Within the forseeable future the consumer credit lines will be turned off and will no longer be available as easily as before. They home equity lines have already been turn off for many people. The government will soon enough have to turn the taxes up more or start to withdraw services. Inflation is a hidden tax and the governemt has turned inflation to “high” and started to conceal economic numbers (They have hidden M3 and no longer post it).

    This will affect the public schools soon and seriously. There will be tremendous cuts in municipal services soon – and inflation will become a dominant theme in economics – affecting people’s day to day decisions.

    We are going to see triage in education starting now. People will be quickly put to the test about deciding to work now or defer income by staying in school. College tuition isn’t the main problem when you are facing food and gas (all energy) unaffordability.

    I don’t think the US Gov’t is in control of a lot in the sconomy anymore. I’m predicting the 2009 US Gov’t administration will resort to wage and price controls and some form of rationing of fuel. I have seen both in the 70’s and the situation we are in now is far more precarious.

    The students we discuss, the K-12 – are going to have to make their HS years count because for most of them they will no longer be able to “afford” college as before. I had lunch with friends & their 21 year old (“graduated” from an “alternative” high school and has few/none college credits) who is starting a Heavy Construction Crane operator program. Have you hear about the payscales – $60k to $120k for that?

    There are places in the economy for everybody where they can maximize what earning power they have. Many people will not have a clue as to their real potential which is why vocational counseling/testing by 11th grade through age 22 is important.

    I continue to argue that only a minority of public school students are good college material and that public schools need to better prepare all to make the most of this Brave New World. I want more programs for the working class and fewer programs for the university bound in public high schools such as OUSD.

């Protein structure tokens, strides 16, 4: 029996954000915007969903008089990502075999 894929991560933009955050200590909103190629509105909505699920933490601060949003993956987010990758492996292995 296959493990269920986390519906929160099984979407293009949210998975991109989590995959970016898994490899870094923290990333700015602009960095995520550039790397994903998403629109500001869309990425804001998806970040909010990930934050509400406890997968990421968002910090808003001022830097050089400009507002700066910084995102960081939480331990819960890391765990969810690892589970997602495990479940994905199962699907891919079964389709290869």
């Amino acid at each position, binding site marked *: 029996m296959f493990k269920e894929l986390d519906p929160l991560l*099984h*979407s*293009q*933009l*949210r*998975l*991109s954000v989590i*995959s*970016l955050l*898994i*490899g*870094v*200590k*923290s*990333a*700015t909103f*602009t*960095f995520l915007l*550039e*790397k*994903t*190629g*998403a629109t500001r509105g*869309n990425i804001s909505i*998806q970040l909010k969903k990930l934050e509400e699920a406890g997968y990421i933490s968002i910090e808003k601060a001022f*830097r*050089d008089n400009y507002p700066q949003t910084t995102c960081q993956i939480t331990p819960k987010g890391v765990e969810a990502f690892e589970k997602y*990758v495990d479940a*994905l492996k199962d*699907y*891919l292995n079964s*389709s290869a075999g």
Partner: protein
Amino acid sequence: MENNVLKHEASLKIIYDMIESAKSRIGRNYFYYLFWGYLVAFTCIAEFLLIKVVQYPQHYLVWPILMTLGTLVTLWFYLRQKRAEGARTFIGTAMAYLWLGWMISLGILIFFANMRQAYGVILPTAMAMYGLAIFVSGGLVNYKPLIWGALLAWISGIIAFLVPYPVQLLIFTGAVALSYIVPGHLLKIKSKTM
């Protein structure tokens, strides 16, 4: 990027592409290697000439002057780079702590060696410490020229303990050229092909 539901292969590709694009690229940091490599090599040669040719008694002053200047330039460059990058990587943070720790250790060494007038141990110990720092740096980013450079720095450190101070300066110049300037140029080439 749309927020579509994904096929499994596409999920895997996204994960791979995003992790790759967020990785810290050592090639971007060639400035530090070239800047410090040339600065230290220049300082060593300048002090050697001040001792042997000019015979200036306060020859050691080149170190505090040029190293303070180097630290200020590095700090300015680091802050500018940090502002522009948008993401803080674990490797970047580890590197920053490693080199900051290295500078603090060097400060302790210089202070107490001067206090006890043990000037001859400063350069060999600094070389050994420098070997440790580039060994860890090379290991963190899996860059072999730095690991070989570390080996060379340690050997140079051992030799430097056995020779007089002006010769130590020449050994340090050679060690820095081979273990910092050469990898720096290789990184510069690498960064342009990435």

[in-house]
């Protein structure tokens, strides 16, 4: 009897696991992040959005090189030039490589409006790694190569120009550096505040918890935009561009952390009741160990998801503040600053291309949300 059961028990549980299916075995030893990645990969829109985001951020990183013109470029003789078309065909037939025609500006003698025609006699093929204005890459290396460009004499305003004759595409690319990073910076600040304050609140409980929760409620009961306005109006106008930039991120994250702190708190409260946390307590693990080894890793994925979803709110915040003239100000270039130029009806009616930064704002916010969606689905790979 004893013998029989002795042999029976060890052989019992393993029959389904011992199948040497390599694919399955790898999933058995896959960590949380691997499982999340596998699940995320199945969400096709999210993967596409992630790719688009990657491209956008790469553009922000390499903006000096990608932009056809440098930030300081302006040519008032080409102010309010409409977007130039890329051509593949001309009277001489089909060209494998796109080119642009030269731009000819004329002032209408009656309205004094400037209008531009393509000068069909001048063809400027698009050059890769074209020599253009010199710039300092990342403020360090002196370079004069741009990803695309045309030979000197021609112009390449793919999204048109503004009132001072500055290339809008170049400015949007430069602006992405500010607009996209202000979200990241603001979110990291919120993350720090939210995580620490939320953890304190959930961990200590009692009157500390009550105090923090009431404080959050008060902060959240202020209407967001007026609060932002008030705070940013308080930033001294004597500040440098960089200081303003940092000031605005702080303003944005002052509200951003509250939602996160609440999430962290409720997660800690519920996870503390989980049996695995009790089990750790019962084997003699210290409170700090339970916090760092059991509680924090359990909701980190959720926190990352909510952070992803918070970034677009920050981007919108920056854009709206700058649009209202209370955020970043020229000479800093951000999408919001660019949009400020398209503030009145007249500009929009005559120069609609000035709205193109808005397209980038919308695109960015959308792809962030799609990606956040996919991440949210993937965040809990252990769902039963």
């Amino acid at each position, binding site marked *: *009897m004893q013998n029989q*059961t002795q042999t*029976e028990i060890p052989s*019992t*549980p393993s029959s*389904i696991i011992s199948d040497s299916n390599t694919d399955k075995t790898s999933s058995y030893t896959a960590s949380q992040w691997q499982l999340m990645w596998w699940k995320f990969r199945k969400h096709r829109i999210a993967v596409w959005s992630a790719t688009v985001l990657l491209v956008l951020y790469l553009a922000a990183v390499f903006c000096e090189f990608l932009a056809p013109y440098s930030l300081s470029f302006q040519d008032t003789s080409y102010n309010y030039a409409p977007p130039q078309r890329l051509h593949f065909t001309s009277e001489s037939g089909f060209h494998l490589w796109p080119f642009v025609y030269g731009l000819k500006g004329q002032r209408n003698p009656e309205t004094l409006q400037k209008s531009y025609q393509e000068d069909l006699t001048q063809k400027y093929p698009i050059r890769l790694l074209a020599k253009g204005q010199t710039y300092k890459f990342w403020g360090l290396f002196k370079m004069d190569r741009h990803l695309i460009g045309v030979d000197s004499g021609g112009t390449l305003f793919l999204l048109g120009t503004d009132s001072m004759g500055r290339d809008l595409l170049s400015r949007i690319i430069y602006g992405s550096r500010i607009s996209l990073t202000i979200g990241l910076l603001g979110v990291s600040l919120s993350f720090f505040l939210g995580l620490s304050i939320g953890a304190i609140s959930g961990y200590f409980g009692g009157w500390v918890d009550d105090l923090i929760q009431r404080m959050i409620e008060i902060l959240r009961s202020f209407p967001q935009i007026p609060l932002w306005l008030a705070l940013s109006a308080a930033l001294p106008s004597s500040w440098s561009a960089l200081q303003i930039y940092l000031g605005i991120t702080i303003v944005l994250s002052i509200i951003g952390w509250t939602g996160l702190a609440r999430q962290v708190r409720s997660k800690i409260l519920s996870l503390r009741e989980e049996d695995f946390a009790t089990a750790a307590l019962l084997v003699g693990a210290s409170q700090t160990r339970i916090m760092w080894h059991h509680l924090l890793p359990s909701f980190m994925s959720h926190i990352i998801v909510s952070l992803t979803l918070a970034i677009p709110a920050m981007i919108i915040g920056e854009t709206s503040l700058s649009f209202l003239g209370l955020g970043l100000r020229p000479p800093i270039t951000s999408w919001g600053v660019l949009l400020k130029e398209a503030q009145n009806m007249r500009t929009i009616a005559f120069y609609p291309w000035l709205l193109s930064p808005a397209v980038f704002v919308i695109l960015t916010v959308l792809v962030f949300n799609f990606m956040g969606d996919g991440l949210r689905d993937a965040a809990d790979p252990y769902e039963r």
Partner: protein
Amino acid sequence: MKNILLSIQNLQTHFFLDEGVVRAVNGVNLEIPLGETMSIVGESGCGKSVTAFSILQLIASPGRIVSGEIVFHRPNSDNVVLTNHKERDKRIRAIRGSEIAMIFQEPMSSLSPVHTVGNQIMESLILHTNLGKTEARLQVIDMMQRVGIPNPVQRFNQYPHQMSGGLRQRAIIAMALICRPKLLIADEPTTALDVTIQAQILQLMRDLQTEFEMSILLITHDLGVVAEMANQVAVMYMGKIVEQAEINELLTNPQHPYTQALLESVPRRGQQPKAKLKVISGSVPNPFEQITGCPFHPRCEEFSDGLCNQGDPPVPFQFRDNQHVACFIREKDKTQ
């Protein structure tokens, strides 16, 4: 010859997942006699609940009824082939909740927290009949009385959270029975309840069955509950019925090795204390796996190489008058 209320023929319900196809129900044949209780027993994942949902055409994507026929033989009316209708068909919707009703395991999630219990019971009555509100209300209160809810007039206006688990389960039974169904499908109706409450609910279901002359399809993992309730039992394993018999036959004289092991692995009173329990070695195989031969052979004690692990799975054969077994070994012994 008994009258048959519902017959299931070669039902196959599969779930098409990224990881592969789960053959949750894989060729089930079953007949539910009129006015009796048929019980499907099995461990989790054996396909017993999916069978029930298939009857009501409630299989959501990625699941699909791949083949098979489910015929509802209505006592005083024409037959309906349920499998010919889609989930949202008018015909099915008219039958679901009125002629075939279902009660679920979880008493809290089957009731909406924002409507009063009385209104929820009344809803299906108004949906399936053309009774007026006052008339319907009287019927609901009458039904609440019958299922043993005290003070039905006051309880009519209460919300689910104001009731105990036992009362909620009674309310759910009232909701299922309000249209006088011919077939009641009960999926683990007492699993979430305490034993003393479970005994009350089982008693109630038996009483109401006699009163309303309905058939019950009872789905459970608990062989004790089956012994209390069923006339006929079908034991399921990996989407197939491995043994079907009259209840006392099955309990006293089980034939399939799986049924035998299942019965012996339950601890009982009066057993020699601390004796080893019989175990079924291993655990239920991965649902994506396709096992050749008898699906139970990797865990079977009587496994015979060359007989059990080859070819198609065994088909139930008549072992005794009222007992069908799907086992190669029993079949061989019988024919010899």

• Katy Murphy

    Isabel, I have a question for you (and any other student who might have an answer):

    How much of a factor is the cost of a particular college when you’re deciding where to apply? Do you know any seniors who got into top-notch schools but might end up turning them down b/c it was just too expensive?

  • Isabel Rodriguez-Vega

    Well, personally, I have been sort of disregarding costs when looking at colleges. Most of the colleges I’m interested in are private and therefore around 30,000 to 40,000 a year, but its a concern I’ve somewhat pushed aside for the time being. Regardless of whether or not I will be able to afford these colleges, I still definitely plan on applying because you never know what could happen. They could offer me a lot of financial aid (which I am hoping for and relying on). I could even go to Stanford for free if I got in.

    I don’t think its the people who are applying to prestigious, super expensive schools that are worrying about college costs. These big name schools have the most money to offer, and students applying are probably more likely to get scholarships, or find a way to pay for it.

    I do not know anyone who has been forced to turn down a very good school because of costs. Those few people I know that plan on going to private universities were actually offered a lot of aid.

    I think the California college system is supposed to be a cheaper alternative to getting a good education, but if prices keep on rising this will no longer be an option for students who are less competitive or for which cost is a deciding factor.

  • Jesse Dutton-Kenny

    I completely agree with Isabel.
    I’m not going to let cost stop me from applying where I want to go, because there is always the possibility of financial aid and lots of scholarships.
    However, if I were to get into multiple schools that I was very interested in, cost would be one of the largest factors.